Debenture - What is a debenture?
Definition: A debenture is a medium to long-term debt format that is used by large companies to borrow money.
Debentures are the most common form of long-term loans that can be taken by a company.
Debentures are usually loans that are repayable on a fixed date, but some debentures are irredeemable securities (these are sometimes called perpetual debentures).
Most debentures pay a fixed rate of interest. It is required that this interest is paid prior to dividends being paid to shareholders. Furthermore, most debentures are secured on the borrower’s assets, although some are not (these can be known as naked or unsecured debentures – most debentures in the USA are unsecured).
Debenture holders (investors) do not have any rights to vote in the company's general meetings of shareholders, but they may have separate meetings or votes e.g. on changes to the rights attached to the debentures.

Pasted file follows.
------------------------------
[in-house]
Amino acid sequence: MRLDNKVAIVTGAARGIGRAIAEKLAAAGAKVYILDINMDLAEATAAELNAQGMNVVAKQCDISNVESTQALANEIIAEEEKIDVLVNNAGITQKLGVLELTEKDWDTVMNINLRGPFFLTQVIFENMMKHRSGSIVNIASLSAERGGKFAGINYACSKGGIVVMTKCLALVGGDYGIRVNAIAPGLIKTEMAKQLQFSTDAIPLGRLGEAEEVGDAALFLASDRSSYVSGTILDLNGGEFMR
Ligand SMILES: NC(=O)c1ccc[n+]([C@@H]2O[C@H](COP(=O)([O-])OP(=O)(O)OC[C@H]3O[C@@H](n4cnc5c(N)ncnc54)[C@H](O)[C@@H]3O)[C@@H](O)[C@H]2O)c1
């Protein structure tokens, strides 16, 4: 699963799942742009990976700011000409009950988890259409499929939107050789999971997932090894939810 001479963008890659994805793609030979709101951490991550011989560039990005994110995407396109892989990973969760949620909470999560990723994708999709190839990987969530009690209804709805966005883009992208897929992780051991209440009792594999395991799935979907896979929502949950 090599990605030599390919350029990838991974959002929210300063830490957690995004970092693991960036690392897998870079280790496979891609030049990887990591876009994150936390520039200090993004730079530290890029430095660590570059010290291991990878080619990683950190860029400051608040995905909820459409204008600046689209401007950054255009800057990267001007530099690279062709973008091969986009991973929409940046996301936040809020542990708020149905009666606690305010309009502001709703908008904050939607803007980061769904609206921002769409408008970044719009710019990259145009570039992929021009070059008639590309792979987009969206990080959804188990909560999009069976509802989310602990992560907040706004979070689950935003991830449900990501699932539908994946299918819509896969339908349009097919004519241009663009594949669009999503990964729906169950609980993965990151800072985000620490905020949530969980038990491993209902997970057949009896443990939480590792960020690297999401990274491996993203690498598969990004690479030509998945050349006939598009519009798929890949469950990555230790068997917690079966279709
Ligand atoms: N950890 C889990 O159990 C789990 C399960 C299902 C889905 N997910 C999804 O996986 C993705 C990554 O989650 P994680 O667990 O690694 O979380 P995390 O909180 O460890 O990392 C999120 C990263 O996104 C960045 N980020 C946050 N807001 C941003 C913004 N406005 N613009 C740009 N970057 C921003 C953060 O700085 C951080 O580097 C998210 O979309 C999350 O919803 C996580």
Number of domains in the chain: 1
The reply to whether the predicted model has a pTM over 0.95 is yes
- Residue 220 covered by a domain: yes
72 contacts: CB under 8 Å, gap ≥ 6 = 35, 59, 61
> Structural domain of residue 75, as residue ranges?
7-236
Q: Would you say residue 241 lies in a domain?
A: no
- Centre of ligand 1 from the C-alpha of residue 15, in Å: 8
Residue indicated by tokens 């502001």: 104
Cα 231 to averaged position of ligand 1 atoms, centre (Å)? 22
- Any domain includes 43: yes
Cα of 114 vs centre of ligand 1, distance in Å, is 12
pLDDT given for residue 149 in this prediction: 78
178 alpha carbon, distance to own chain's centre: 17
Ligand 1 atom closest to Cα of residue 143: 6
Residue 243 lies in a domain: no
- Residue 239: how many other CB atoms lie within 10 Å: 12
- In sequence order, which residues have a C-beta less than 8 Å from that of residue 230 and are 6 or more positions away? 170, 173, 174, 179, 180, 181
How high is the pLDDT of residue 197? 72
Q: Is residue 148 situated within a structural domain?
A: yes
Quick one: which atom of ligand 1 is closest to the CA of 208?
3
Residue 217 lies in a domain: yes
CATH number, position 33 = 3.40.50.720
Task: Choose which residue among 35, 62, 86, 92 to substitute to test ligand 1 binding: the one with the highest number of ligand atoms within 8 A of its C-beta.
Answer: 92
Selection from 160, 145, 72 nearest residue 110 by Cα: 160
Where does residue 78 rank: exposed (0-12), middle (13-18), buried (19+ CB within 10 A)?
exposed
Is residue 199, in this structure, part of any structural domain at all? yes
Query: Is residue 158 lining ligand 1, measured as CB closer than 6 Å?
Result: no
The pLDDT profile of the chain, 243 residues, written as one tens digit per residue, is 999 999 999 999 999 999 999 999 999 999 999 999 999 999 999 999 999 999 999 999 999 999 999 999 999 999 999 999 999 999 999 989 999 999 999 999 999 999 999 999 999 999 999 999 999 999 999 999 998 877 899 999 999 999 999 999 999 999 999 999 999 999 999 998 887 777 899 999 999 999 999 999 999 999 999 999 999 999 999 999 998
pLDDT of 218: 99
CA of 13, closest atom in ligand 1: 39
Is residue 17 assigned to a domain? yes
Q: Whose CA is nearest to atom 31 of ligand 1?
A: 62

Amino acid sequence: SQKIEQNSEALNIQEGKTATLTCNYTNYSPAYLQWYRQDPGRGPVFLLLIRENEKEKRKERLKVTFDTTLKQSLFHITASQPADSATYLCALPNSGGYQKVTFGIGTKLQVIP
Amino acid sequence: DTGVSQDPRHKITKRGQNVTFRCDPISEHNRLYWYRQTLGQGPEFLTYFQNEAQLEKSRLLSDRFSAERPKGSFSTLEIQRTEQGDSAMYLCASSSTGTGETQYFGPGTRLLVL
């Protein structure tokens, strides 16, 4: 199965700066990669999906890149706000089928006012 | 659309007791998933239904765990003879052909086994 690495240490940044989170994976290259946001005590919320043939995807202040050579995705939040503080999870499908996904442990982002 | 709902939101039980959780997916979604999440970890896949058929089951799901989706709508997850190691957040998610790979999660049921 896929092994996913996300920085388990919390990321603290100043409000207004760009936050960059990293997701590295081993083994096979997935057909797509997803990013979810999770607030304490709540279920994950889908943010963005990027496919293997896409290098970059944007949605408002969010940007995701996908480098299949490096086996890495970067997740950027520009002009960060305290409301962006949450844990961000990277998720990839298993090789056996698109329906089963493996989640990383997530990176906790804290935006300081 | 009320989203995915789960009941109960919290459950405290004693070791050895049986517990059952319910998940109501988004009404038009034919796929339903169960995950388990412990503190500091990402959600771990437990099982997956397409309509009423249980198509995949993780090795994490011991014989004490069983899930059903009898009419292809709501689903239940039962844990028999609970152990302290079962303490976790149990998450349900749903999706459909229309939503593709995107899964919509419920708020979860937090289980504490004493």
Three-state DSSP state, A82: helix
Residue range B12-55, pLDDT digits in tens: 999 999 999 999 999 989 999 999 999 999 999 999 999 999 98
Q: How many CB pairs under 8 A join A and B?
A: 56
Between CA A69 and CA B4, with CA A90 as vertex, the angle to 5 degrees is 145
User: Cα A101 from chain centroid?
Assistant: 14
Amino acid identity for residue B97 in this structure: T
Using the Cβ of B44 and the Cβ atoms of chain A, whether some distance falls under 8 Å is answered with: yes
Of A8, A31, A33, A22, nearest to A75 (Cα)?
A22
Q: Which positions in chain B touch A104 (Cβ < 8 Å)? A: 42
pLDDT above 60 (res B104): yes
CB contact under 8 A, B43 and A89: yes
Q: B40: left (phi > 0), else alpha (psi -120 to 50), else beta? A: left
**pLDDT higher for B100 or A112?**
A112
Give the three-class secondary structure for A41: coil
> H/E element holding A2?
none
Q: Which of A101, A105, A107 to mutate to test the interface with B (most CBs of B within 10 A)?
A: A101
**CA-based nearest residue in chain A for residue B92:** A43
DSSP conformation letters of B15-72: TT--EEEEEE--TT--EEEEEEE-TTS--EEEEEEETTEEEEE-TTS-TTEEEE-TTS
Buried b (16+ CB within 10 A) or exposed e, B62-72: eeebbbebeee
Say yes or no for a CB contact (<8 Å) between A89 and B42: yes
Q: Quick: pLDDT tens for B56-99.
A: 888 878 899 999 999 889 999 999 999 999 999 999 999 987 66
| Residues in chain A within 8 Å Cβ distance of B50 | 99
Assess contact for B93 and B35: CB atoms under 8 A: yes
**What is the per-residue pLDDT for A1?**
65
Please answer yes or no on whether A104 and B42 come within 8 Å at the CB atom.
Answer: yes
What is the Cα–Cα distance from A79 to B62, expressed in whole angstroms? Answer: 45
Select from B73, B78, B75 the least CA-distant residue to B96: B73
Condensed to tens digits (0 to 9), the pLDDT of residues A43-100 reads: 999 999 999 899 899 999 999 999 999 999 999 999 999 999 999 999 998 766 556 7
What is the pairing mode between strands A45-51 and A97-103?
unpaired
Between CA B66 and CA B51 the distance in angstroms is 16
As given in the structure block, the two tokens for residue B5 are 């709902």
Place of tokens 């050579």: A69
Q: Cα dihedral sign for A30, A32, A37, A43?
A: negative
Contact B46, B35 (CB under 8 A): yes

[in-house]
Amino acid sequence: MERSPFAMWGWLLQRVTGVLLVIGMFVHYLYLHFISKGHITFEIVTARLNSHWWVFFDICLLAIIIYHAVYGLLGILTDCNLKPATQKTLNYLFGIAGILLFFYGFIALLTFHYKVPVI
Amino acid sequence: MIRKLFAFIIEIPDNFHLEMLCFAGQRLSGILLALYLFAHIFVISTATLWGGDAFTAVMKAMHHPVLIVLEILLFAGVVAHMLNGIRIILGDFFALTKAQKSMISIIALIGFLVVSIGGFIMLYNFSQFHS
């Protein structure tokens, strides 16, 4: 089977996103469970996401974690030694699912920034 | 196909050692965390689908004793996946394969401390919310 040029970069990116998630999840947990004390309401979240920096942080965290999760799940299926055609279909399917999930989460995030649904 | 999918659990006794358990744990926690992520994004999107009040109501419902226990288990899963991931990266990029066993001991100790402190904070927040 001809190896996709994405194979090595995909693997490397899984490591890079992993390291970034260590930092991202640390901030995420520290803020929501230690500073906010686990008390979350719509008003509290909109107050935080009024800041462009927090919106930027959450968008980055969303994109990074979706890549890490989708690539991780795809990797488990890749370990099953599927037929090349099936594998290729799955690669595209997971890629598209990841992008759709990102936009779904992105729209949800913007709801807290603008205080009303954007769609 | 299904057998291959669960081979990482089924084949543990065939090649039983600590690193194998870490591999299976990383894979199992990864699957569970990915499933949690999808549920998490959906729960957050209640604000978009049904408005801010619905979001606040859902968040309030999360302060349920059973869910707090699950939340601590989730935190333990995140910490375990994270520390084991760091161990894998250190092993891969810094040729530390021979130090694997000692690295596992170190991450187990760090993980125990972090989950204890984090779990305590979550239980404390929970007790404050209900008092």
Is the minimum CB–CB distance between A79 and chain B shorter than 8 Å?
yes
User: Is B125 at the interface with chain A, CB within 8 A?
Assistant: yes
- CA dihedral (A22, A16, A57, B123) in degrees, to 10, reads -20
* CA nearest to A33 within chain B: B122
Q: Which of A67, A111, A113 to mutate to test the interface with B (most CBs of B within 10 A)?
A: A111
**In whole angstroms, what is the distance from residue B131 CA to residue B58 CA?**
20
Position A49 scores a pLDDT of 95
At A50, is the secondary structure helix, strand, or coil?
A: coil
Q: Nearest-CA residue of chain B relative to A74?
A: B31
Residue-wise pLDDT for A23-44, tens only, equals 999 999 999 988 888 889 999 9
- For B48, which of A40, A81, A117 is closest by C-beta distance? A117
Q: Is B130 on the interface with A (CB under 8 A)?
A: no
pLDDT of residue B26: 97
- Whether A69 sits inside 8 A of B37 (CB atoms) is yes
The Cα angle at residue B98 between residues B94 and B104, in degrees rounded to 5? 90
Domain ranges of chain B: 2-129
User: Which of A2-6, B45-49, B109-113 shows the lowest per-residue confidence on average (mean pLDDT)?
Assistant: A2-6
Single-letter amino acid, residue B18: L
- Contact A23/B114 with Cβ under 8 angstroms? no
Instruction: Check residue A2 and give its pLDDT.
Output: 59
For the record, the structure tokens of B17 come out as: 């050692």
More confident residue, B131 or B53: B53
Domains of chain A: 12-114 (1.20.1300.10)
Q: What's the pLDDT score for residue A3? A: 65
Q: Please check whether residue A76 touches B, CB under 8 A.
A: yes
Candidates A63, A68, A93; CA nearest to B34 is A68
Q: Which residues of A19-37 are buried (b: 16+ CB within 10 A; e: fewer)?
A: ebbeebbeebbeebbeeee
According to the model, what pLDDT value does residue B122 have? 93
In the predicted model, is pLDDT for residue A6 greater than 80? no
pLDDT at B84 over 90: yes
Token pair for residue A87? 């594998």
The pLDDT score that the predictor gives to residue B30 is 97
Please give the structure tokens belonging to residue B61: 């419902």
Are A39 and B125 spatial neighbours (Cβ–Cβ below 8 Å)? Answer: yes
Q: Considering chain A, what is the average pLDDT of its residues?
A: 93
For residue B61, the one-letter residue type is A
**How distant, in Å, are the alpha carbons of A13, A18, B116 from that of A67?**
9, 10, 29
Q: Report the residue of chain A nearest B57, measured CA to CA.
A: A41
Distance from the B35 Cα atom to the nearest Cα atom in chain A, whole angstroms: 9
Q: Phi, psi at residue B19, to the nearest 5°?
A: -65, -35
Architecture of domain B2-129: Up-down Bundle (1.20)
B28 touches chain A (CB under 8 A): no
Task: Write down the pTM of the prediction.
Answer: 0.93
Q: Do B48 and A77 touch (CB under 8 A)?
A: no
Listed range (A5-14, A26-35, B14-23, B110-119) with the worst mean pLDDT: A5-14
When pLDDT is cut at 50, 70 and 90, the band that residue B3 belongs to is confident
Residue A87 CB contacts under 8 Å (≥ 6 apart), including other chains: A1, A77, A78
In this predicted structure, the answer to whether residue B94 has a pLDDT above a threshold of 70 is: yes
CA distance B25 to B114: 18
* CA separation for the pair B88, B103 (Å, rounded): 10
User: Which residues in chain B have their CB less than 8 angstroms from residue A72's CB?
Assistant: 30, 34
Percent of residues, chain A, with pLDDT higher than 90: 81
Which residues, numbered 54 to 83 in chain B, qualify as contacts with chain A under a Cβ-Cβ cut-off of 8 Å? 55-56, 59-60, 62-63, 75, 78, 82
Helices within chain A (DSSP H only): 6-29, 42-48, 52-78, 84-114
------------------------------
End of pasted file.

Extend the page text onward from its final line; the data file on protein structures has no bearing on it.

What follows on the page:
The interest paid to debenture holders is calculated as a charge against profit in the company's financial statements.
The main advantage of debentures to companies is the fact that they have a lower interest rate than e.g. overdrafts. Also, they are usually repayable at a date far off in the future.
For an investor, their main advantages are that they are often easy to sell in stock exchanges and they contain less risk than e.g. equities.
Convertible vs. non-convertible
There are two types of debentures:
Convertible debentures: Convertible bonds or bonds that can be converted into equity shares of the issuing company after a predetermined period of time. Convertible bonds are more attractive to investors since the bonds have the ability to convert and also attractive to companies since they typically have lower interest rates than non-convertible corporate bonds.
Non-convertible debentures: regular debentures which cannot be converted into equity shares of the liable company. Since they are not able to convert, they usually carry higher interest rates than convertible debentures.